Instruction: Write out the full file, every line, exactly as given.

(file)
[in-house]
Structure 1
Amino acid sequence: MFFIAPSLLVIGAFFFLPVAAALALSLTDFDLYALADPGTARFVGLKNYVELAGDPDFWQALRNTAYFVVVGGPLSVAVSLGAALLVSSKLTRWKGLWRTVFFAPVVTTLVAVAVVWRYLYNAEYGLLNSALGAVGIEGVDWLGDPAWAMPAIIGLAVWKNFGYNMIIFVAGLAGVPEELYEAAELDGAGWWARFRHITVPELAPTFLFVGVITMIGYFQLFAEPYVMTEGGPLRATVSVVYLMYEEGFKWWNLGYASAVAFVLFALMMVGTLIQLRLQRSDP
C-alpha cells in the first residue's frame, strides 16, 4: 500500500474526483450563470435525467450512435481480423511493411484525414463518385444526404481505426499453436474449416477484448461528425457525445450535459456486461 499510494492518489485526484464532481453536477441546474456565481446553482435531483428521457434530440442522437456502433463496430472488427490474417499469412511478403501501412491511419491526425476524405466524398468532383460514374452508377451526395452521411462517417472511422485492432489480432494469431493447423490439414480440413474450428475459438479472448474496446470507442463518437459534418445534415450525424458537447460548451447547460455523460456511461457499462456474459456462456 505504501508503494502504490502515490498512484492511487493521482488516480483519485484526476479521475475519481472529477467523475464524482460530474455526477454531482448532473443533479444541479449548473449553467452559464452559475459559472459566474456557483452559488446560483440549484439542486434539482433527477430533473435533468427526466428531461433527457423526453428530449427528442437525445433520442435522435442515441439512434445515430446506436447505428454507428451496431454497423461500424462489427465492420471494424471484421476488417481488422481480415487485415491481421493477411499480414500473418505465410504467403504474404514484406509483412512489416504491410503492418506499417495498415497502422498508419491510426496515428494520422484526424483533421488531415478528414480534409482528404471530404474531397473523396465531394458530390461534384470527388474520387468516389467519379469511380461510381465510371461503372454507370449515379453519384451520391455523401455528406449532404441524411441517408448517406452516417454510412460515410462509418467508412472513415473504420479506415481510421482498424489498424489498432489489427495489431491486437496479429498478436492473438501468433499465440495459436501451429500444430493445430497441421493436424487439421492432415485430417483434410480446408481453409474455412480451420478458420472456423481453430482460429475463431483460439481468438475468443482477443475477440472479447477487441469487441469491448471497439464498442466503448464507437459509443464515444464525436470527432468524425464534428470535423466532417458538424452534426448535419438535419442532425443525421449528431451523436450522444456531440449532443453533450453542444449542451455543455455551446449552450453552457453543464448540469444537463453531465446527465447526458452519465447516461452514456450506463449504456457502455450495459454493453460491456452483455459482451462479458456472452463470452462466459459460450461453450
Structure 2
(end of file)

[in-house]
Structure 1
Amino acid sequence: MFFIAPSLLVIGAFFFLPVAAALALSLTDFDLYALADPGTARFVGLKNYVELAGDPDFWQALRNTAYFVVVGGPLSVAVSLGAALLVSSKLTRWKGLWRTVFFAPVVTTLVAVAVVWRYLYNAEYGLLNSALGAVGIEGVDWLGDPAWAMPAIIGLAVWKNFGYNMIIFVAGLAGVPEELYEAAELDGAGWWARFRHITVPELAPTFLFVGVITMIGYFQLFAEPYVMTEGGPLRATVSVVYLMYEEGFKWWNLGYASAVAFVLFALMMVGTLIQLRLQRSDP
C-alpha cells in the first residue's frame, strides 16, 4: 500500500474526483450563470435525467450512435481480423511493411484525414463518385444526404481505426499453436474449416477484448461528425457525445450535459456486461 499510494492518489485526484464532481453536477441546474456565481446553482435531483428521457434530440442522437456502433463496430472488427490474417499469412511478403501501412491511419491526425476524405466524398468532383460514374452508377451526395452521411462517417472511422485492432489480432494469431493447423490439414480440413474450428475459438479472448474496446470507442463518437459534418445534415450525424458537447460548451447547460455523460456511461457499462456474459456462456 505504501508503494502504490502515490498512484492511487493521482488516480483519485484526476479521475475519481472529477467523475464524482460530474455526477454531482448532473443533479444541479449548473449553467452559464452559475459559472459566474456557483452559488446560483440549484439542486434539482433527477430533473435533468427526466428531461433527457423526453428530449427528442437525445433520442435522435442515441439512434445515430446506436447505428454507428451496431454497423461500424462489427465492420471494424471484421476488417481488422481480415487485415491481421493477411499480414500473418505465410504467403504474404514484406509483412512489416504491410503492418506499417495498415497502422498508419491510426496515428494520422484526424483533421488531415478528414480534409482528404471530404474531397473523396465531394458530390461534384470527388474520387468516389467519379469511380461510381465510371461503372454507370449515379453519384451520391455523401455528406449532404441524411441517408448517406452516417454510412460515410462509418467508412472513415473504420479506415481510421482498424489498424489498432489489427495489431491486437496479429498478436492473438501468433499465440495459436501451429500444430493445430497441421493436424487439421492432415485430417483434410480446408481453409474455412480451420478458420472456423481453430482460429475463431483460439481468438475468443482477443475477440472479447477487441469487441469491448471497439464498442466503448464507437459509443464515444464525436470527432468524425464534428470535423466532417458538424452534426448535419438535419442532425443525421449528431451523436450522444456531440449532443453533450453542444449542451455543455455551446449552450453552457453543464448540469444537463453531465446527465447526458452519465447516461452514456450506463449504456457502455450495459454493453460491456452483455459482451462479458456472452463470452462466459459460450461453450
Structure 2